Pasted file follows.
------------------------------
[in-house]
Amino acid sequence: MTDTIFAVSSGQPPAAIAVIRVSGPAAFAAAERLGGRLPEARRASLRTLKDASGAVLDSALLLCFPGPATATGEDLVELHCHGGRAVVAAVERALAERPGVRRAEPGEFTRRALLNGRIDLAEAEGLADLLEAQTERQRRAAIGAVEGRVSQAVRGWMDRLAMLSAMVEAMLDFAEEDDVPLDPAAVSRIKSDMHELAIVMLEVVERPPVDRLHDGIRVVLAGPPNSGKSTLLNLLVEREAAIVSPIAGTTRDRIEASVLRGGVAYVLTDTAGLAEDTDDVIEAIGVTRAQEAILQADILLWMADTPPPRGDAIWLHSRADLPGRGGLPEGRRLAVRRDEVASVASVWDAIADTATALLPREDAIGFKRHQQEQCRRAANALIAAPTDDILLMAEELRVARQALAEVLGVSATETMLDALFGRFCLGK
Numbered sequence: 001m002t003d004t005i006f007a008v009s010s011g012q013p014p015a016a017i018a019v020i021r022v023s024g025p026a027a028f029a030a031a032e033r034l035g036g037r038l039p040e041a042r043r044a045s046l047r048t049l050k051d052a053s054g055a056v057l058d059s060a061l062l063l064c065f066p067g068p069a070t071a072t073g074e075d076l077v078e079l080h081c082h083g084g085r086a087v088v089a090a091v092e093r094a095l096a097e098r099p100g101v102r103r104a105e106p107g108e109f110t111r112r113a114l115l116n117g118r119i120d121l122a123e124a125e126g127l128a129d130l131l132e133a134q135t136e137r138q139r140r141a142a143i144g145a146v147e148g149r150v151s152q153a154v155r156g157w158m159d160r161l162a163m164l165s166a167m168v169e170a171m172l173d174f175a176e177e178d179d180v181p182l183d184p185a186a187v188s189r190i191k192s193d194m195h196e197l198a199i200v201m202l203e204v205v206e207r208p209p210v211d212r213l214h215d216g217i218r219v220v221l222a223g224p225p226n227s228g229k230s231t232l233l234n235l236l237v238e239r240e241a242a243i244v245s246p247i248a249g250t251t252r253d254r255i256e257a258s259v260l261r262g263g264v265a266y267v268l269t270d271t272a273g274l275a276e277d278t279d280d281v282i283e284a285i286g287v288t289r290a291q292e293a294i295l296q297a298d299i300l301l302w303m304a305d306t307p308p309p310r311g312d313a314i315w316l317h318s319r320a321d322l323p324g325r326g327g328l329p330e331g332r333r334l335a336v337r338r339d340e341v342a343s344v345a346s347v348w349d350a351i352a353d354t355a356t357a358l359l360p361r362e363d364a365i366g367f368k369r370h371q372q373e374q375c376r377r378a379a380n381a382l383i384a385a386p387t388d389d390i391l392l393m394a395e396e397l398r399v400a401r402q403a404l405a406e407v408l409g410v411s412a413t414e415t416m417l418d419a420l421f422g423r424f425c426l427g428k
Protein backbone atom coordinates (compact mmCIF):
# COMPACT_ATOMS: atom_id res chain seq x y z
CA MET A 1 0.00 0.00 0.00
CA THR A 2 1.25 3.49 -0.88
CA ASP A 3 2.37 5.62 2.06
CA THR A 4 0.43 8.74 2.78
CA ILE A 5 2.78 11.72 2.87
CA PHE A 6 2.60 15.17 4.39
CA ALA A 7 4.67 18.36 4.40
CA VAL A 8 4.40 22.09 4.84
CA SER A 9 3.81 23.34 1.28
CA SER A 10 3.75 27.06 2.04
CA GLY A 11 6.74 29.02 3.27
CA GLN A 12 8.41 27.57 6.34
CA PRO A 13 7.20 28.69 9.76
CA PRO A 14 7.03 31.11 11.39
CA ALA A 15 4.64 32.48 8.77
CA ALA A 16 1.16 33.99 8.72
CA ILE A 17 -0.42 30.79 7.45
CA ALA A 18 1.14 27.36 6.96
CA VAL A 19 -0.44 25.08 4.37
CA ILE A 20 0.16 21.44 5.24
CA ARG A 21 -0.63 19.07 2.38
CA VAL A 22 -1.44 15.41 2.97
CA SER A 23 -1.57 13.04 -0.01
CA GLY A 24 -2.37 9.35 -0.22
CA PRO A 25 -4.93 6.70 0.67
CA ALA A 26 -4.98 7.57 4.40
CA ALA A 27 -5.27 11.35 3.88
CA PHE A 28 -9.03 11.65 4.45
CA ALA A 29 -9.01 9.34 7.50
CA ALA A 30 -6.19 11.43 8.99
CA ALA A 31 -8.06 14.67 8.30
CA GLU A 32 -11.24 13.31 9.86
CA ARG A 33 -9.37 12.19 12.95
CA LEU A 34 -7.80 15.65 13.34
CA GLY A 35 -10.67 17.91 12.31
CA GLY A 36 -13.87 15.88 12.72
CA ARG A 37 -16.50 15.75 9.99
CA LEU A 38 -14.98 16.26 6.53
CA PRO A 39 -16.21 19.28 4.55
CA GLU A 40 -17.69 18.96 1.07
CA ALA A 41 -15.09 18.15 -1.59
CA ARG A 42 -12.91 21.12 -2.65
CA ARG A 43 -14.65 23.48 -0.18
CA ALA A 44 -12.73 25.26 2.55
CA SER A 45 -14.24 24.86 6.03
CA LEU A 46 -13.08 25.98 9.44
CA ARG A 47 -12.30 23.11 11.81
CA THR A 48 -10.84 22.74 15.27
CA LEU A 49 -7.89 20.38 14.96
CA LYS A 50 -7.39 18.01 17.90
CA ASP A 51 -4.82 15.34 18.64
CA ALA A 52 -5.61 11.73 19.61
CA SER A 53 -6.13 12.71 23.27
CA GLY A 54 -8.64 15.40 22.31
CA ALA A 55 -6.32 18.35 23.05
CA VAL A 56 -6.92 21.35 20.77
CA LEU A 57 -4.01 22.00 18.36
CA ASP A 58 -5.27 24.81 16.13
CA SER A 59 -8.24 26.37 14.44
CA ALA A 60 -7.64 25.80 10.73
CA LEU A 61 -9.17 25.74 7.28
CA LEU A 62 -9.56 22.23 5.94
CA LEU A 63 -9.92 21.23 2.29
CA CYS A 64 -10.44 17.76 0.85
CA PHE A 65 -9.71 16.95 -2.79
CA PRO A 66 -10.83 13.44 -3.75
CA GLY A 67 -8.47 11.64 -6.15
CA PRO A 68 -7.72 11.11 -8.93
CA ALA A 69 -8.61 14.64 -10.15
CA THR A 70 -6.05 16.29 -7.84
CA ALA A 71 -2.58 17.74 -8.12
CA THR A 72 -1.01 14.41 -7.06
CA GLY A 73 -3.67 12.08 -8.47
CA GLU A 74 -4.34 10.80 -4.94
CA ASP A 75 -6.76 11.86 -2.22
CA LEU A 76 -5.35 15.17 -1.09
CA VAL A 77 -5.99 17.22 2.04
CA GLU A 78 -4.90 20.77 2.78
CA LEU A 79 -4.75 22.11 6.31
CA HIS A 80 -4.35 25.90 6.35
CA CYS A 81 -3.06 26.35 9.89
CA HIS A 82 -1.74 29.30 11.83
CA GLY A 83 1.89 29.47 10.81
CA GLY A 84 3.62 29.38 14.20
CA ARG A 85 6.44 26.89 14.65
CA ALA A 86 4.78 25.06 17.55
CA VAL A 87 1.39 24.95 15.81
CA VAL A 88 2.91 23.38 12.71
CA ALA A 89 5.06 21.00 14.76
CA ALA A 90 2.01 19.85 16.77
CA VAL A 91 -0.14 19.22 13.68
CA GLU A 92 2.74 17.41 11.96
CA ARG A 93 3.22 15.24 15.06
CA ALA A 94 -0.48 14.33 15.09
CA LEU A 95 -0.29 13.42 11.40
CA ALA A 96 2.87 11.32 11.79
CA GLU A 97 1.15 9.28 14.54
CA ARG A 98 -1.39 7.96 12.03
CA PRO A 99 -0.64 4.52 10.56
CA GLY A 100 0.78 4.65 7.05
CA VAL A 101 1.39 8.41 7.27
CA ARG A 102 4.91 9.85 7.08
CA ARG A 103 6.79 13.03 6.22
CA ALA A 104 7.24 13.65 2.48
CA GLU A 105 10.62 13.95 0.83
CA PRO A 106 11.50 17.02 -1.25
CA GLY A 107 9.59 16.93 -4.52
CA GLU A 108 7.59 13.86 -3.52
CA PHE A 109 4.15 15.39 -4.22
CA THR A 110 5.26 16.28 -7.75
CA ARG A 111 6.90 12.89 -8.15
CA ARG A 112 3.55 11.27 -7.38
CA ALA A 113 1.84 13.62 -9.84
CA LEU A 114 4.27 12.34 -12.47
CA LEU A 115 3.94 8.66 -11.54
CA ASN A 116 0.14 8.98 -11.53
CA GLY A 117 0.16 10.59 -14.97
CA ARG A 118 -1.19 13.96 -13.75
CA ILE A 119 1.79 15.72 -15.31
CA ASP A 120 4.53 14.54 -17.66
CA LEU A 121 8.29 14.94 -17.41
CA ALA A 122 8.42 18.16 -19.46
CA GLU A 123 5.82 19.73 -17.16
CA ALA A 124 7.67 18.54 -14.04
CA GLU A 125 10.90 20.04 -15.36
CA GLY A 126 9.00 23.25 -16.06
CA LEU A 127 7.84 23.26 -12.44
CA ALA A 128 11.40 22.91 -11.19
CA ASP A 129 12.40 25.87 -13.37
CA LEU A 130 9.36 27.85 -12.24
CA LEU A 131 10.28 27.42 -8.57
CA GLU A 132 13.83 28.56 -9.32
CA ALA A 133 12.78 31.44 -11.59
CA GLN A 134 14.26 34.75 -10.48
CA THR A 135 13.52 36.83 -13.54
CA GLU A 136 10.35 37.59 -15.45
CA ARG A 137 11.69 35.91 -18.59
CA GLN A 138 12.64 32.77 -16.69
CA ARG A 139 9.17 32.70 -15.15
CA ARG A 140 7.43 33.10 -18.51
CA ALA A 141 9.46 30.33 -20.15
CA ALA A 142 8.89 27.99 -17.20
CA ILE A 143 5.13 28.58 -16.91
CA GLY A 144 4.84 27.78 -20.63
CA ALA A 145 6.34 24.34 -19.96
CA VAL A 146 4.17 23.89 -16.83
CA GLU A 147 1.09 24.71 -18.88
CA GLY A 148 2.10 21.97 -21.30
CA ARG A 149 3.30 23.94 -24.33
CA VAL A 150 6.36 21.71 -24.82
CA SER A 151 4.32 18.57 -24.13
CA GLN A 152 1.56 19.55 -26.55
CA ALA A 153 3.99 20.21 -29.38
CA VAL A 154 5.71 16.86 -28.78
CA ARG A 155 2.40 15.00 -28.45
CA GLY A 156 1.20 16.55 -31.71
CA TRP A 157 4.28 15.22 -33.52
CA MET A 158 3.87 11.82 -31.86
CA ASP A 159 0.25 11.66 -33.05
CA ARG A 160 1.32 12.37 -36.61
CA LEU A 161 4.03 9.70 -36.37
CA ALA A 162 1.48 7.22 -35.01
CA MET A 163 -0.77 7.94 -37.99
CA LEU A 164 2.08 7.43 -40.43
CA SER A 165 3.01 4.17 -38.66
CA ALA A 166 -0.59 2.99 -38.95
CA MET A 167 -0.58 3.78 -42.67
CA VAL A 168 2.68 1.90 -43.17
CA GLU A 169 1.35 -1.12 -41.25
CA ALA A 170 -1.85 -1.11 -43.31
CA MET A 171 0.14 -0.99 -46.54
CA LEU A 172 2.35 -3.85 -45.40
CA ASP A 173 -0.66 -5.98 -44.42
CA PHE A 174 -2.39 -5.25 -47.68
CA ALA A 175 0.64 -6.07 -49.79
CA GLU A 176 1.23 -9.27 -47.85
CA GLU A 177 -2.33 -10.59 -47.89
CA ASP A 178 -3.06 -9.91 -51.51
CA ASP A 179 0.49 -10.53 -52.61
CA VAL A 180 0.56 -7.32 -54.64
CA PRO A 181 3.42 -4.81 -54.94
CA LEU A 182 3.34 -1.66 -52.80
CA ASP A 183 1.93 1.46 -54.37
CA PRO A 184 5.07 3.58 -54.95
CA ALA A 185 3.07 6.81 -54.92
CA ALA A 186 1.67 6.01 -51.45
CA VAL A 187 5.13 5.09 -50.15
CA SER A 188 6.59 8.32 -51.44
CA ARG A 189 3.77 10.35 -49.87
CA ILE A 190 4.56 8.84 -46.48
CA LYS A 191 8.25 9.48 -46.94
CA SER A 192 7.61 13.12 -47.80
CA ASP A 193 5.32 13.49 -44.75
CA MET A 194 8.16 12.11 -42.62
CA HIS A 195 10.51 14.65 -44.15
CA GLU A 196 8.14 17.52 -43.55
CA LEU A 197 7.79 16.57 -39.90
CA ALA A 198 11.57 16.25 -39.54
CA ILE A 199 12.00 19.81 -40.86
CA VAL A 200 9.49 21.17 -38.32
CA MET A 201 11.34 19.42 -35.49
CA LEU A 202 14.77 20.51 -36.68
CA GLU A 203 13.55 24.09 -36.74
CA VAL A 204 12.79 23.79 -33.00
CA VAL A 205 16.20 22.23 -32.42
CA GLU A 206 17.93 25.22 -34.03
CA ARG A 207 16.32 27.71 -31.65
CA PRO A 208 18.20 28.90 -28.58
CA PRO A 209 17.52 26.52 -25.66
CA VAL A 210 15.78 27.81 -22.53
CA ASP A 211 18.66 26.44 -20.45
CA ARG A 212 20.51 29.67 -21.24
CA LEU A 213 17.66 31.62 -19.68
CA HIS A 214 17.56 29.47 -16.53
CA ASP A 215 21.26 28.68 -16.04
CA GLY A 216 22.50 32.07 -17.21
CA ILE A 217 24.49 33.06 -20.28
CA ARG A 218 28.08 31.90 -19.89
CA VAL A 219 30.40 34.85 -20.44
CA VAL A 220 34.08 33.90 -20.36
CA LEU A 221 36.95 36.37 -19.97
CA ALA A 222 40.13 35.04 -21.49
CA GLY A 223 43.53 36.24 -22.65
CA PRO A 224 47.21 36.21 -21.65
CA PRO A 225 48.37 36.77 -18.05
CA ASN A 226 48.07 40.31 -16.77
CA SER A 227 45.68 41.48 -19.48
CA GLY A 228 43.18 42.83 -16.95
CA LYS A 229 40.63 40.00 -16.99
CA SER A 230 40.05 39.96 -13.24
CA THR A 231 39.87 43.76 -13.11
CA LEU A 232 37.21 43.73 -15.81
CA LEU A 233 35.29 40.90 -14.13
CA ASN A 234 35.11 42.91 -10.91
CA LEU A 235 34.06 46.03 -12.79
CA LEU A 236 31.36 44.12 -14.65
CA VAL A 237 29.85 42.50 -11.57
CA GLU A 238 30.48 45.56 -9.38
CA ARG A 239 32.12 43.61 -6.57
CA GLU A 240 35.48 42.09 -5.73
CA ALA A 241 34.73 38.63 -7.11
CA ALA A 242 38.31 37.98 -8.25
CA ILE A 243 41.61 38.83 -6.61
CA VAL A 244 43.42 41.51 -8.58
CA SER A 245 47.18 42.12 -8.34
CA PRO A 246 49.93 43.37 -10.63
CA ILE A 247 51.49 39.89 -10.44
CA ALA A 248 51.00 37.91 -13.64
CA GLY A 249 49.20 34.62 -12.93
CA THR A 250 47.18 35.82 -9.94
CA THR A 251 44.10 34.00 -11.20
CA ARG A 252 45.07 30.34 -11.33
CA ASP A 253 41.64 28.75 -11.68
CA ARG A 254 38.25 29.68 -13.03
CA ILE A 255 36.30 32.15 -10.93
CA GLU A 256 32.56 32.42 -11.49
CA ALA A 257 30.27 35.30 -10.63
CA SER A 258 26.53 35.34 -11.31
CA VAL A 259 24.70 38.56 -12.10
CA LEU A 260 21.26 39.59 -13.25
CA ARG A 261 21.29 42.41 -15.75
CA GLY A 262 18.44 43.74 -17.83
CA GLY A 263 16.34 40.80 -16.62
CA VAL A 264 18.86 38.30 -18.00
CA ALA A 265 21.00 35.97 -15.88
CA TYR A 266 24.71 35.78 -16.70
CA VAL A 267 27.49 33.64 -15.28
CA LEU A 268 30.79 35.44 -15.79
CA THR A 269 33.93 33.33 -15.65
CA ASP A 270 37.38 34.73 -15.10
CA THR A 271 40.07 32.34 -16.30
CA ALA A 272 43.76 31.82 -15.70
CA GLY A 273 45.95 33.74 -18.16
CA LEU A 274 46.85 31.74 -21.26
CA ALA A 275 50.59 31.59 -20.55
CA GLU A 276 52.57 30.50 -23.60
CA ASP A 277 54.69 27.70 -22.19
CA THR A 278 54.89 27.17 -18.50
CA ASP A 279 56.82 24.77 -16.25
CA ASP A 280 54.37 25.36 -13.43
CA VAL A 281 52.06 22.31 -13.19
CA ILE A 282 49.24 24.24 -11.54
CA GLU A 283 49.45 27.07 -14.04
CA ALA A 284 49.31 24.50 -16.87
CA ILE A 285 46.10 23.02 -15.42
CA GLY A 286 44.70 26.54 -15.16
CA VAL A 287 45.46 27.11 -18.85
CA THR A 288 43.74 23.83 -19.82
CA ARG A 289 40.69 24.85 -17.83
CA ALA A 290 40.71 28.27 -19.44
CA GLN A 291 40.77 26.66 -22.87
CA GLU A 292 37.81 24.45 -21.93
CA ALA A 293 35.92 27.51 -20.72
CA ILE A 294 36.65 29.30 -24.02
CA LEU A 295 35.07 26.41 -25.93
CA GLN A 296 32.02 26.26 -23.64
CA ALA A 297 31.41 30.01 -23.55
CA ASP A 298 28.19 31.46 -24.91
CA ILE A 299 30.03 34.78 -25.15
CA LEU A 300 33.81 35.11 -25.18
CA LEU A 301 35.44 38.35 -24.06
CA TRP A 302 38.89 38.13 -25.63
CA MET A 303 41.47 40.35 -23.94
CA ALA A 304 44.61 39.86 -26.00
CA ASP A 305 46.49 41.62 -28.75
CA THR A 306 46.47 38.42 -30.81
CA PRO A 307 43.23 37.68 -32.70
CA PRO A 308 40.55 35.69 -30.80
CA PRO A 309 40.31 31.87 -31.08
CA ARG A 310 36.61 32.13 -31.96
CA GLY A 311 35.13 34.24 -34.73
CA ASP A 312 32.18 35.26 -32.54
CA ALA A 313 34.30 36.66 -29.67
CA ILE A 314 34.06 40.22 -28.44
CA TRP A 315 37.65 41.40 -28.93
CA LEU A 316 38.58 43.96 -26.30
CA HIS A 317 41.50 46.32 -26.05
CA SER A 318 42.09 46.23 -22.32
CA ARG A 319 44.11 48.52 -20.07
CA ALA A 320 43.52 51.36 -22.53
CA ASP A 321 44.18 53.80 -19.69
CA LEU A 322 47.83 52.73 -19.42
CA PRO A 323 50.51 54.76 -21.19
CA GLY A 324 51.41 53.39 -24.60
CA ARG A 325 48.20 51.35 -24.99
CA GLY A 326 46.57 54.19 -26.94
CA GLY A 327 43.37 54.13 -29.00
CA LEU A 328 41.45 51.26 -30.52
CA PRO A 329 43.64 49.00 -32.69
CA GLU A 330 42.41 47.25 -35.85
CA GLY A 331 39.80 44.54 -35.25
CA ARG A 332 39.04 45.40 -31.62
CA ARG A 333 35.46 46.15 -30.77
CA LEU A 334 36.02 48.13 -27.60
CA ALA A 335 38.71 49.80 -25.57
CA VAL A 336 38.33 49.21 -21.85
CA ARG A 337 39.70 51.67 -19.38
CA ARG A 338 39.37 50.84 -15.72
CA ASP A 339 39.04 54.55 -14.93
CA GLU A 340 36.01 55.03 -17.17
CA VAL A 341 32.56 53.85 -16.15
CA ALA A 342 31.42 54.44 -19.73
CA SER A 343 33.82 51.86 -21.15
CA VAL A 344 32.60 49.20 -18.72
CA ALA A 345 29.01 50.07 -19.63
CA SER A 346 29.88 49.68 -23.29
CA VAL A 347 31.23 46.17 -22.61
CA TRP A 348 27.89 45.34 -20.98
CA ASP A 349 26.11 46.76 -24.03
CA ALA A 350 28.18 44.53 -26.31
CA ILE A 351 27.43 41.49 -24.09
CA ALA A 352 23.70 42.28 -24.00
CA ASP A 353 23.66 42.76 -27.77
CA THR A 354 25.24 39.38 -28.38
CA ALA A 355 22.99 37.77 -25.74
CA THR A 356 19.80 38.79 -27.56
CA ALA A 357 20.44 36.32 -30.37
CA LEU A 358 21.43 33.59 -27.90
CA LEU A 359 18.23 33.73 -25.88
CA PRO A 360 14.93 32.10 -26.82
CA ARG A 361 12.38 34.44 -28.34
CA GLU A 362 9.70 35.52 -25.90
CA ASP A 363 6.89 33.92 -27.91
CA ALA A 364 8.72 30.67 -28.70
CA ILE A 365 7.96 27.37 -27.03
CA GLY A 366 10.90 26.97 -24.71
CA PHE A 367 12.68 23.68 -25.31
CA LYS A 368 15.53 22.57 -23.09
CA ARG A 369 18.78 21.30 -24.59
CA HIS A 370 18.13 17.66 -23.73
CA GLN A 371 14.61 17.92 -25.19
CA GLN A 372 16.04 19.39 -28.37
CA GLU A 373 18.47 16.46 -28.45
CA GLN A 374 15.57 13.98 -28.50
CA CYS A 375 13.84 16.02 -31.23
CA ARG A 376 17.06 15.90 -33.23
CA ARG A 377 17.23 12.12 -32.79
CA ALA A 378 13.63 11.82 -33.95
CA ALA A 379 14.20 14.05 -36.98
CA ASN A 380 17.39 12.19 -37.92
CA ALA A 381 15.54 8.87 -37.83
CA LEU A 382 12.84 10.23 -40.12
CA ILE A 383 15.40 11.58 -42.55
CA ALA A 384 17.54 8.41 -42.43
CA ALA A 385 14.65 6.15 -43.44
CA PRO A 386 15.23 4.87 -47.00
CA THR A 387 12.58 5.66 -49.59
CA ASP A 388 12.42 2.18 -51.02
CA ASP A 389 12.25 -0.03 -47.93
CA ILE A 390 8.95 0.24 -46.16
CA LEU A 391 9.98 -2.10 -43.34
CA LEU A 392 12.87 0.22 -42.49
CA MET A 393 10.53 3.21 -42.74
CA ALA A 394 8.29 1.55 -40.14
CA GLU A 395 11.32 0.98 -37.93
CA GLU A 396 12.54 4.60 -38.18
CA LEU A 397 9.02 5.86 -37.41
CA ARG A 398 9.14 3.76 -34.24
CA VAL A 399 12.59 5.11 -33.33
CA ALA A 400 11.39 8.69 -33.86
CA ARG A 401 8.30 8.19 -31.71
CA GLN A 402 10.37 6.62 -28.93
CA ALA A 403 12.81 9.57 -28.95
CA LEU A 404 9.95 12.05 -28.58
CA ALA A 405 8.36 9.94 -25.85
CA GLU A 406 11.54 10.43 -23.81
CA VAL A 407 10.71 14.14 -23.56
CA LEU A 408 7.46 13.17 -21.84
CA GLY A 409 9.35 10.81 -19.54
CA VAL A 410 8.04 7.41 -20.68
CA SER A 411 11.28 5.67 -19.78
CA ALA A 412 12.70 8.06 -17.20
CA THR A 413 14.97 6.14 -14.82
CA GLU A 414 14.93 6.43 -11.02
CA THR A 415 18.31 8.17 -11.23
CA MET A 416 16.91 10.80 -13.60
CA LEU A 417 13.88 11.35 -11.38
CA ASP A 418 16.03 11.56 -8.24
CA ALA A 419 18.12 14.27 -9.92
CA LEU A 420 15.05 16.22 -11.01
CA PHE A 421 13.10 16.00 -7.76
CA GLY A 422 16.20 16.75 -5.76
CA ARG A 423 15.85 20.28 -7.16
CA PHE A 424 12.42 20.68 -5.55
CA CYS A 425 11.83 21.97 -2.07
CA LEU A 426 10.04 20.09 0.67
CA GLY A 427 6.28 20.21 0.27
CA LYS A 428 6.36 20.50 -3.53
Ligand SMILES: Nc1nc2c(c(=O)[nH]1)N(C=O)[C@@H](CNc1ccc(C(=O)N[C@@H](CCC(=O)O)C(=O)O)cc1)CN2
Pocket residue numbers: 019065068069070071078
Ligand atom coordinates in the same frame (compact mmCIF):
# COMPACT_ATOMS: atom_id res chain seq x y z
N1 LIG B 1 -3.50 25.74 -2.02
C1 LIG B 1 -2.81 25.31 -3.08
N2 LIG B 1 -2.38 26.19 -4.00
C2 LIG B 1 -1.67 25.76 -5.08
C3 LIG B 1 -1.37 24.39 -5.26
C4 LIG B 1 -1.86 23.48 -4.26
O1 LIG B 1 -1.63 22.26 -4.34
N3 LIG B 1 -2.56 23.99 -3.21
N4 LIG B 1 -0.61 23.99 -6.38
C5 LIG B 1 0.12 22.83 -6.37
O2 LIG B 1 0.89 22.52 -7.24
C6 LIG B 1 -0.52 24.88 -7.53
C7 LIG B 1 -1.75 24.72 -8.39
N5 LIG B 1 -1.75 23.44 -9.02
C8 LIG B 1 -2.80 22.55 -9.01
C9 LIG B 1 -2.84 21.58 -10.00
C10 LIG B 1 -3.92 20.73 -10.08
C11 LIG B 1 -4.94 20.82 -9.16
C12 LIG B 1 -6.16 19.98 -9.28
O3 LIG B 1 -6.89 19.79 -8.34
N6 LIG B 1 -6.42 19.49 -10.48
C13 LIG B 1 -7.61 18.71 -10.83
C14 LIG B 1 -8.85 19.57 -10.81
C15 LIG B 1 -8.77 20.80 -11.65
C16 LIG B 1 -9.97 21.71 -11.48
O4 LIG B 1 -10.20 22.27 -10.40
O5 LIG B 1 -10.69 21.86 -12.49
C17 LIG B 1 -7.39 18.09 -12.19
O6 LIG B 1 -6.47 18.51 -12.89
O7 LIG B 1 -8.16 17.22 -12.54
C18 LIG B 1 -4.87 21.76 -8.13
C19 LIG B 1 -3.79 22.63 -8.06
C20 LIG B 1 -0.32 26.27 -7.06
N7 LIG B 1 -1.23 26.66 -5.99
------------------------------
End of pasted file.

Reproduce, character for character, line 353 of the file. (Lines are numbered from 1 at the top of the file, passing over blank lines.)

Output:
CA TRP A 348 27.89 45.34 -20.98